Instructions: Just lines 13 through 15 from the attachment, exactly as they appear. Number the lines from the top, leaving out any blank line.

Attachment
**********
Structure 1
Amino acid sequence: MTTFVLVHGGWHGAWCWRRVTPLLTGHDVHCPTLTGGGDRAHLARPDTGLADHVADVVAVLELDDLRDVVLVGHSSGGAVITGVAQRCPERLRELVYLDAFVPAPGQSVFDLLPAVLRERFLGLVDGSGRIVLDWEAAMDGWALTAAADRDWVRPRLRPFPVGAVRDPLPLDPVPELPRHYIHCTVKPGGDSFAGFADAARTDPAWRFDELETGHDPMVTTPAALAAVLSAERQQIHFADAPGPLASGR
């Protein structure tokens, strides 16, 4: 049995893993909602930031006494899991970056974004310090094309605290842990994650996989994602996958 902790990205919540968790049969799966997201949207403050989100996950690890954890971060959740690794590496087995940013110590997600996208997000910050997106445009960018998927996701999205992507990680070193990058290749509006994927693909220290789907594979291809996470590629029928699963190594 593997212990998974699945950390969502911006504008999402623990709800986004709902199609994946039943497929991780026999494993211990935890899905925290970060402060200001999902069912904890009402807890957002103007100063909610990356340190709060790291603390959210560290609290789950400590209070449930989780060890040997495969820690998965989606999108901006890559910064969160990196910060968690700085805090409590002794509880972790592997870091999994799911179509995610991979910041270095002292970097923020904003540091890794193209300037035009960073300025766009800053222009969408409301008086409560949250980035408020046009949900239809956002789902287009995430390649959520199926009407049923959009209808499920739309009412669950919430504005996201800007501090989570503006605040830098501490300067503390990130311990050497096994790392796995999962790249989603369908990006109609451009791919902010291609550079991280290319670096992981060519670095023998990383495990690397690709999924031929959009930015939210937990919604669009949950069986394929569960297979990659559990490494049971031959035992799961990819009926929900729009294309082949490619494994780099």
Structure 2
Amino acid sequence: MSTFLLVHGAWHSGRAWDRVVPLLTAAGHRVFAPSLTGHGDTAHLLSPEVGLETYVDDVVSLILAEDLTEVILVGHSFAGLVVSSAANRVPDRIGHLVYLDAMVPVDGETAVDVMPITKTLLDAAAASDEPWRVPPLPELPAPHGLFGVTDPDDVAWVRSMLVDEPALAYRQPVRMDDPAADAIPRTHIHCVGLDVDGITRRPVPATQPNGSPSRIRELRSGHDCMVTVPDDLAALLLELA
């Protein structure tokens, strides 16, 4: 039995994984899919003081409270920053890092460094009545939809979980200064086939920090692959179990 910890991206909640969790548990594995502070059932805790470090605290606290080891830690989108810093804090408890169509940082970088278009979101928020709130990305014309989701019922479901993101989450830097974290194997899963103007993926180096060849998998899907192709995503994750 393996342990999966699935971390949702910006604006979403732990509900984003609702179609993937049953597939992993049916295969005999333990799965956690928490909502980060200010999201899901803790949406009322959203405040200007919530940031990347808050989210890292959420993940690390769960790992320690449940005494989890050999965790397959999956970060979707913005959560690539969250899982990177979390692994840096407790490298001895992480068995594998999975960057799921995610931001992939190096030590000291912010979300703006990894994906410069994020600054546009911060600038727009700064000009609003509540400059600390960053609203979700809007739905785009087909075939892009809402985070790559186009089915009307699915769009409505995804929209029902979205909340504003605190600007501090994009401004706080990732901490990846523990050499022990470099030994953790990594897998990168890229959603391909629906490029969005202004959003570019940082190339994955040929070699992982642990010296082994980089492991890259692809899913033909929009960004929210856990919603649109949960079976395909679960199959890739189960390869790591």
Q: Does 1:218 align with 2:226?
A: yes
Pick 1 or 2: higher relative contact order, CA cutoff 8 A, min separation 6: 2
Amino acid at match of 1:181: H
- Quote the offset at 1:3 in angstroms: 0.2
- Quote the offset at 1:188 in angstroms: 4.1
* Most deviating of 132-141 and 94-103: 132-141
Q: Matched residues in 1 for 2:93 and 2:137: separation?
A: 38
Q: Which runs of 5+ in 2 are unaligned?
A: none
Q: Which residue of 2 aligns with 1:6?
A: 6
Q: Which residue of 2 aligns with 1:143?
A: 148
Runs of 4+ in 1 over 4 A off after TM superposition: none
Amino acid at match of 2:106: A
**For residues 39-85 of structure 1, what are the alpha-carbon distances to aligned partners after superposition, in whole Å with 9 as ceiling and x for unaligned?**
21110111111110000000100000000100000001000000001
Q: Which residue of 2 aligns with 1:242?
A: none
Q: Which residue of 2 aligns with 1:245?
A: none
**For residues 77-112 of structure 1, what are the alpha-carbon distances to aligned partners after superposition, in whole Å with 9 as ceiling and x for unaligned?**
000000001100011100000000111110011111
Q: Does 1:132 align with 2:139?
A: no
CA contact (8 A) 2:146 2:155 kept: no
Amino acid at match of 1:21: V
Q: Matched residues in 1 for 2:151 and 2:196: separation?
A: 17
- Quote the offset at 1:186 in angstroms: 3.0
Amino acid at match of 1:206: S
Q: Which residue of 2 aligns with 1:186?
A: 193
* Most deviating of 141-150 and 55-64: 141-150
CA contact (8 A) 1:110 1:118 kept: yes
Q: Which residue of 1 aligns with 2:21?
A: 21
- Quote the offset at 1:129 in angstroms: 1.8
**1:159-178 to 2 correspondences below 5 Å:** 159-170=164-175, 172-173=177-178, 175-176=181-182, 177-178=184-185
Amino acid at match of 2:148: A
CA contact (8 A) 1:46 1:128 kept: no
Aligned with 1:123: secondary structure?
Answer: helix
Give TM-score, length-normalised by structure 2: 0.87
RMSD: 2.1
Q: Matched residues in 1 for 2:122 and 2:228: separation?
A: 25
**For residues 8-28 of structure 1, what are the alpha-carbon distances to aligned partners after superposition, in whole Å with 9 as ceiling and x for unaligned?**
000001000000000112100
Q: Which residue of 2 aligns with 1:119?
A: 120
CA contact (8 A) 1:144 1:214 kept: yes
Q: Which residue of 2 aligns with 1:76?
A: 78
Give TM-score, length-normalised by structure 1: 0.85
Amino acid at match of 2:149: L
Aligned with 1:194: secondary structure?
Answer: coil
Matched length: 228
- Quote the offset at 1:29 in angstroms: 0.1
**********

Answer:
* Most deviating of 132-141 and 94-103: 132-141
Q: Matched residues in 1 for 2:93 and 2:137: separation?
A: 38